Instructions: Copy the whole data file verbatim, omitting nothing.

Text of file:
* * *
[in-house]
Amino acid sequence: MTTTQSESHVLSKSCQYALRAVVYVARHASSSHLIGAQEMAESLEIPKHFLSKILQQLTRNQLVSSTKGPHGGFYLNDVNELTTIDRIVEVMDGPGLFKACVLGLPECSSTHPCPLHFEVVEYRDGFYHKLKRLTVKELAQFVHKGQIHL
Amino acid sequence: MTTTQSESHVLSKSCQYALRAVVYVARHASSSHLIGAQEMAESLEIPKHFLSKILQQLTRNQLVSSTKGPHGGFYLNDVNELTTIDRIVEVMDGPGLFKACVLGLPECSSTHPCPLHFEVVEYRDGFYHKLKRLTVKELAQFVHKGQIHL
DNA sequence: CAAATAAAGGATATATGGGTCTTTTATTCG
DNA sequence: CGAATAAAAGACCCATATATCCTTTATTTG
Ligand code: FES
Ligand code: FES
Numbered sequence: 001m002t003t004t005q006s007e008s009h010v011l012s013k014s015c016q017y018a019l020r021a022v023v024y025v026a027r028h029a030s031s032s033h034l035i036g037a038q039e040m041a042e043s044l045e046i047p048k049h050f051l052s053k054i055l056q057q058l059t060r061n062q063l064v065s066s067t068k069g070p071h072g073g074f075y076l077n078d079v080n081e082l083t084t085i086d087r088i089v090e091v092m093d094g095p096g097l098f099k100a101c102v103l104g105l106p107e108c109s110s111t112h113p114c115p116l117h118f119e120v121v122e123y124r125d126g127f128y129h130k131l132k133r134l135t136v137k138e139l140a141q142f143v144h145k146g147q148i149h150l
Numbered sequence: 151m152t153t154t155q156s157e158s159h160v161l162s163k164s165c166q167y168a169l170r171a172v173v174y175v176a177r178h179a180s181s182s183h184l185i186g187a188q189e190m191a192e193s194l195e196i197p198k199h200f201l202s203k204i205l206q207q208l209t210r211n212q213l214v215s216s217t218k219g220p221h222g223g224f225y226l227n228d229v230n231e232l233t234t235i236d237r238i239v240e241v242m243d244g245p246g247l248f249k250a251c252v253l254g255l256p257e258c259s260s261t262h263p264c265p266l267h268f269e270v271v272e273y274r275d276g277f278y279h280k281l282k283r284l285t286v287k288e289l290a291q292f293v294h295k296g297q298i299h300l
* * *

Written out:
[in-house]
Amino acid sequence: MTTTQSESHVLSKSCQYALRAVVYVARHASSSHLIGAQEMAESLEIPKHFLSKILQQLTRNQLVSSTKGPHGGFYLNDVNELTTIDRIVEVMDGPGLFKACVLGLPECSSTHPCPLHFEVVEYRDGFYHKLKRLTVKELAQFVHKGQIHL
Amino acid sequence: MTTTQSESHVLSKSCQYALRAVVYVARHASSSHLIGAQEMAESLEIPKHFLSKILQQLTRNQLVSSTKGPHGGFYLNDVNELTTIDRIVEVMDGPGLFKACVLGLPECSSTHPCPLHFEVVEYRDGFYHKLKRLTVKELAQFVHKGQIHL
DNA sequence: CAAATAAAGGATATATGGGTCTTTTATTCG
DNA sequence: CGAATAAAAGACCCATATATCCTTTATTTG
Ligand code: FES
Ligand code: FES
Numbered sequence: 001m002t003t004t005q006s007e008s009h010v011l012s013k014s015c016q017y018a019l020r021a022v023v024y025v026a027r028h029a030s031s032s033h034l035i036g037a038q039e040m041a042e043s044l045e046i047p048k049h050f051l052s053k054i055l056q057q058l059t060r061n062q063l064v065s066s067t068k069g070p071h072g073g074f075y076l077n078d079v080n081e082l083t084t085i086d087r088i089v090e091v092m093d094g095p096g097l098f099k100a101c102v103l104g105l106p107e108c109s110s111t112h113p114c115p116l117h118f119e120v121v122e123y124r125d126g127f128y129h130k131l132k133r134l135t136v137k138e139l140a141q142f143v144h145k146g147q148i149h150l
Numbered sequence: 151m152t153t154t155q156s157e158s159h160v161l162s163k164s165c166q167y168a169l170r171a172v173v174y175v176a177r178h179a180s181s182s183h184l185i186g187a188q189e190m191a192e193s194l195e196i197p198k199h200f201l202s203k204i205l206q207q208l209t210r211n212q213l214v215s216s217t218k219g220p221h222g223g224f225y226l227n228d229v230n231e232l233t234t235i236d237r238i239v240e241v242m243d244g245p246g247l248f249k250a251c252v253l254g255l256p257e258c259s260s261t262h263p264c265p266l267h268f269e270v271v272e273y274r275d276g277f278y279h280k281l282k283r284l285t286v287k288e289l290a291q292f293v294h295k296g297q298i299h300l